I left my birdie putt three feet short of the cup. Jimmy said, “pick it up,” and then rolled his ball into the cup for a birdie. My par was one of only a few that I mustered playing the course under US Open conditions.
Lenny continued to impress me with his caddying skills as we made our way through the first nine holes. He found every ball I hit into the fescue and provided excellent guidance on getting it back in play to save bogey.
The double bogeys I collected on this day were fewer than I deserved because of him.
It was also clear to me that the bond between him and Jimmy went deeper than just golfer and caddie, they appeared to also be close friends.
As my long par putt raced past the cup on the tenth hole, Lenny said, “if it’s this windy and dry during the Open a week from now, they will have to suspend play.” He gave me a good read and I sank the comeback putt to save bogey. Jimmy, Lenny, and I then came to the par three eleventh hole.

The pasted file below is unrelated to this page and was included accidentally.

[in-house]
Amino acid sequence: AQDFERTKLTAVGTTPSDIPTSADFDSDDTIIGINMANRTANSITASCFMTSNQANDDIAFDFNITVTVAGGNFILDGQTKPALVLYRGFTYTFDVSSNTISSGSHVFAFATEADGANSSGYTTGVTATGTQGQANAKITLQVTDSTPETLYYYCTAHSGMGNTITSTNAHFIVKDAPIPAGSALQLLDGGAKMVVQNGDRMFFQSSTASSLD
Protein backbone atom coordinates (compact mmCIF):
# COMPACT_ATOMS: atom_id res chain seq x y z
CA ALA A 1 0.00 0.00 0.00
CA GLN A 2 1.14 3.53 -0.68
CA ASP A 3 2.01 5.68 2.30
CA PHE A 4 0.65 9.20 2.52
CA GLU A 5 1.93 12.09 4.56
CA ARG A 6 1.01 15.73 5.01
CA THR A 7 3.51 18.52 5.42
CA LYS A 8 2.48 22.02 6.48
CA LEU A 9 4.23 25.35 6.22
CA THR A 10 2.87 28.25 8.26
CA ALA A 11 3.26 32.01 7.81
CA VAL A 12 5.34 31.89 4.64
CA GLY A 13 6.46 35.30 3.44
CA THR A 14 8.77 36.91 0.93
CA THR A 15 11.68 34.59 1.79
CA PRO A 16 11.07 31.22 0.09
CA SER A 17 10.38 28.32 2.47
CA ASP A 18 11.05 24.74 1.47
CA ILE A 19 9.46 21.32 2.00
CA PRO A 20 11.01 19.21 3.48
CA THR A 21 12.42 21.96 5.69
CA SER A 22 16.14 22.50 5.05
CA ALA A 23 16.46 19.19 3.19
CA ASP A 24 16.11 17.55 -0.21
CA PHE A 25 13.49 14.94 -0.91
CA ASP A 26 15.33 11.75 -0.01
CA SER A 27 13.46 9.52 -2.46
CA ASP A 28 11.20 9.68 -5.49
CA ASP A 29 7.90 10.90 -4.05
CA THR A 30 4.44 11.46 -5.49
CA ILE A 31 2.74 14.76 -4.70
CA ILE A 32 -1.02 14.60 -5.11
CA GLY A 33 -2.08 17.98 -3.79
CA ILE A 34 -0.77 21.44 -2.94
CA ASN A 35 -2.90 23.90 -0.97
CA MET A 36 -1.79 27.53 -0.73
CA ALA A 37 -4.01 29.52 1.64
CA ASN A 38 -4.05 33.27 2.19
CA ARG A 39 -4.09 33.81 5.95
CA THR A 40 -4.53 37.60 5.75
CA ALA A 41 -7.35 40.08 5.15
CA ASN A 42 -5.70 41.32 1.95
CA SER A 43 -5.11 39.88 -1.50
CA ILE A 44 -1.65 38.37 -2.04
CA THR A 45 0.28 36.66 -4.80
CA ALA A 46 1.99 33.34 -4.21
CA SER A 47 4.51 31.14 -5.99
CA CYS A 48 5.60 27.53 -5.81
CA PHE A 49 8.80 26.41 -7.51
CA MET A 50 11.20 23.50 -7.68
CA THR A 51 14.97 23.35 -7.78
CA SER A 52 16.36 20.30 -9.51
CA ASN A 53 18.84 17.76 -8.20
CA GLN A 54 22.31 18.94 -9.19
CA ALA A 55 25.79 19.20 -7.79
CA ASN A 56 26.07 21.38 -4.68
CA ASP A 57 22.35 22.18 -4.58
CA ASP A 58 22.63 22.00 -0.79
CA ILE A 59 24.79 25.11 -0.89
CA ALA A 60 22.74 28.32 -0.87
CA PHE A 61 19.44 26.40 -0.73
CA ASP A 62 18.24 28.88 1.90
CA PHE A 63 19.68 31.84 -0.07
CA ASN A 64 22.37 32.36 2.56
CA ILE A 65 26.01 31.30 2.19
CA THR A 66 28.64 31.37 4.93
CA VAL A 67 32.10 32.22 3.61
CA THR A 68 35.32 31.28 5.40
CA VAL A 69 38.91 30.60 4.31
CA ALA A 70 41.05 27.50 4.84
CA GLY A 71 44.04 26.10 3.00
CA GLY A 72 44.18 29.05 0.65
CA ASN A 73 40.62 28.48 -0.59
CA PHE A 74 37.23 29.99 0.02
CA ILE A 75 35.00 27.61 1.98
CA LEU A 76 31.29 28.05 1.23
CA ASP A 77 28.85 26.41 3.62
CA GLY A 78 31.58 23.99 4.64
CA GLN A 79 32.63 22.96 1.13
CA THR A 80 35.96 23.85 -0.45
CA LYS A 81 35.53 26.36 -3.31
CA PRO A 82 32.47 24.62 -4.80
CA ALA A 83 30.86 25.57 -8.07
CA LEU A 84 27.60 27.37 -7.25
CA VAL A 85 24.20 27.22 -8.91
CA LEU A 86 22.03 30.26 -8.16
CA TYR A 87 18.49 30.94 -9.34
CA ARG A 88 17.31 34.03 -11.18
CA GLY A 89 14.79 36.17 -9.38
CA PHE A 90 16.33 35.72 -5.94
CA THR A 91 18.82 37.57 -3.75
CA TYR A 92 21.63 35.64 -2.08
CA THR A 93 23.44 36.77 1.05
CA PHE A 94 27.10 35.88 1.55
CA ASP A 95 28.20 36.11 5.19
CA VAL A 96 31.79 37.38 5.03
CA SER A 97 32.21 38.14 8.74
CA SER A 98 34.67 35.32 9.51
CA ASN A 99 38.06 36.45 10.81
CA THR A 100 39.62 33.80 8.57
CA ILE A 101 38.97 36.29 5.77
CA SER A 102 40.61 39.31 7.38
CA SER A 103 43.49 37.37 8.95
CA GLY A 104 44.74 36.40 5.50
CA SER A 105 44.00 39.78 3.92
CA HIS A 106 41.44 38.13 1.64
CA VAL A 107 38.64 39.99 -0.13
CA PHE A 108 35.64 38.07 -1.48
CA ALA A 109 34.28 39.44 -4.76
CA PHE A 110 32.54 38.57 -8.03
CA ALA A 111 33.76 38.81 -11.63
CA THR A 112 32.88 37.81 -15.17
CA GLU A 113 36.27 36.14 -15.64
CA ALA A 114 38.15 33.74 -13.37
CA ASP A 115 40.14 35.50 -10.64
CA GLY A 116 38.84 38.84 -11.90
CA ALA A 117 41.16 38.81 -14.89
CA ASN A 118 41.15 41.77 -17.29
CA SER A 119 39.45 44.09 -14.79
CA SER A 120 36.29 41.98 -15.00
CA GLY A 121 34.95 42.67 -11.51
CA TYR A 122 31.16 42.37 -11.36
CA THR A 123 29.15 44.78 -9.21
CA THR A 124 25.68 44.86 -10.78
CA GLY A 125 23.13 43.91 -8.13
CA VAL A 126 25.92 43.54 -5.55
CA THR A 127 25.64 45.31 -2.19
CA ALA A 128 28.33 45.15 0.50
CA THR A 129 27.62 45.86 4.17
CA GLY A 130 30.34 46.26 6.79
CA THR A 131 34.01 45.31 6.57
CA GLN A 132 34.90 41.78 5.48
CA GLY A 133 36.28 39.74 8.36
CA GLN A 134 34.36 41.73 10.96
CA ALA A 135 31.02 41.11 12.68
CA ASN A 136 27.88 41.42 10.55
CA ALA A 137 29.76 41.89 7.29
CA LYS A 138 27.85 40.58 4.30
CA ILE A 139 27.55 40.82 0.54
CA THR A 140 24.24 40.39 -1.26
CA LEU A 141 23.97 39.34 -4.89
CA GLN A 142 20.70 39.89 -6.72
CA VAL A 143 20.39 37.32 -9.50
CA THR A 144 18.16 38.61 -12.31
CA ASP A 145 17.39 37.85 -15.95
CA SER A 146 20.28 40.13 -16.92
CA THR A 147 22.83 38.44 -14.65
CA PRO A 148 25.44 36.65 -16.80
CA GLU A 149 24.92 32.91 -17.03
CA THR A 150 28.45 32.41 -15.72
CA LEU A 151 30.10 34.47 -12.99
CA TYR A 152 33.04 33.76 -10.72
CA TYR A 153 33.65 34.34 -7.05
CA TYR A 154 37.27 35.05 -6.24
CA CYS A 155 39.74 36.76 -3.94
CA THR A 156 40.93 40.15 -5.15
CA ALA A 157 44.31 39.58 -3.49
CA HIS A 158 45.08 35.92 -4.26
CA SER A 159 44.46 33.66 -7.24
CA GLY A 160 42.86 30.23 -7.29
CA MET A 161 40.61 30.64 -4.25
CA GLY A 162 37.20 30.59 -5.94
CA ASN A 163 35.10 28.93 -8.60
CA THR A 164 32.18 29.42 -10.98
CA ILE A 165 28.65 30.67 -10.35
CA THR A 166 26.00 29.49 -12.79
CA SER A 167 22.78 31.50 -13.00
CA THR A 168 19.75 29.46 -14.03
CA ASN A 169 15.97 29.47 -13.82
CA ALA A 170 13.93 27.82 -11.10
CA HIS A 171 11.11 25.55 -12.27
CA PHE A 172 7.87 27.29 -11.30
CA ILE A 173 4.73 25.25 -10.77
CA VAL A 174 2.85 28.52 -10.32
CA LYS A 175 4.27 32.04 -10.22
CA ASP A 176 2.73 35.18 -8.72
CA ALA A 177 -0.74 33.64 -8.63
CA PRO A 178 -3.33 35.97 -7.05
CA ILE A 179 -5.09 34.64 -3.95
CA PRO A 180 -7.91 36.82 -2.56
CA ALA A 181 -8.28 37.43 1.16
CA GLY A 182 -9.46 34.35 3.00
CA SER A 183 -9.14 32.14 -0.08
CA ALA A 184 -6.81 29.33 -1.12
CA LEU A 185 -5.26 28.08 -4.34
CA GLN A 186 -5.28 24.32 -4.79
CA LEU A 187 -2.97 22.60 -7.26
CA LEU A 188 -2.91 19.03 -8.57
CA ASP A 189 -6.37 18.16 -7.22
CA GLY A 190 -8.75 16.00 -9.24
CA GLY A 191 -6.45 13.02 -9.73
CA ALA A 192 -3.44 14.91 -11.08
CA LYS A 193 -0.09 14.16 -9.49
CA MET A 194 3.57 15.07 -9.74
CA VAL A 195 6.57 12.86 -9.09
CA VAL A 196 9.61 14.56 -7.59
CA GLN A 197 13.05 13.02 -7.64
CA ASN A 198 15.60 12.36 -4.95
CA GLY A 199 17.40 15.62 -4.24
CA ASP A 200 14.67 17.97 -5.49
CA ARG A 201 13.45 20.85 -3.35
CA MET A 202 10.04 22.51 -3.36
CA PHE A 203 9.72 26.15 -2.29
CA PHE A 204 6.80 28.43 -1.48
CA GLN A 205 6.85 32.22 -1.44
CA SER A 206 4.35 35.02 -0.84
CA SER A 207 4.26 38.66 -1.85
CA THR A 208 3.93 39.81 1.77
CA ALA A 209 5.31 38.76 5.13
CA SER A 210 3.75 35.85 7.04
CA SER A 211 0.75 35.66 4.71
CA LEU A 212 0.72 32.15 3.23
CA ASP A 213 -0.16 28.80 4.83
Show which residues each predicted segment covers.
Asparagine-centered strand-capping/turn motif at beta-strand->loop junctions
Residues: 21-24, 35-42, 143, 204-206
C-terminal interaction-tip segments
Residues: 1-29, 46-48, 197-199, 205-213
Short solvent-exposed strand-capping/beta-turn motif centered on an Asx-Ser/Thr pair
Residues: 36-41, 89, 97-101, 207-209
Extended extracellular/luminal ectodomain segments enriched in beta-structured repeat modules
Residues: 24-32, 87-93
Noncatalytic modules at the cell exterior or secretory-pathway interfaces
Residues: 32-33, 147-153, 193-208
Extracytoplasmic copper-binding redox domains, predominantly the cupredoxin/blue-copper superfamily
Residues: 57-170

As we stood on the tee box under overcast skies with only fragments of blue breaking through, they shared the story of Jimmy’s hole-in-one the day he set the course record of 63. Unlike today, on that June afternoon in 2010, there were blue skies stretching into infinity. Lenny told me that Jimmy stepped up to the tee with the flag fluttering in a light breeze on the right side of the green and striped an eight iron directly at it.
He then said, “we all heard the ball hit the pin.”
Jimmy followed with, “I thought it had probably kicked off the green.”
Lenny said, “I told him no, you got a one.”
Jimmy told me that they walked to the green. With his voice slightly cracking he then said, “we looked in the hole and there the ball was with the “Q” staring straight up at the sky.” Goose bumps formed on my arms and I quivered as he described marking his balls with a “Q” to honor his best friend, Chris Quackenbush who had been killed along with 65 of the other 171 Sandler O’Neill employees at work in the World Trade Center on September 11, 2001. Lenny finished with, “the course record he went on to break that day had been held by Jimmy’s friend, Mike Williams, whose son was one of the Sandler O’Neill employees who died on that tragic day.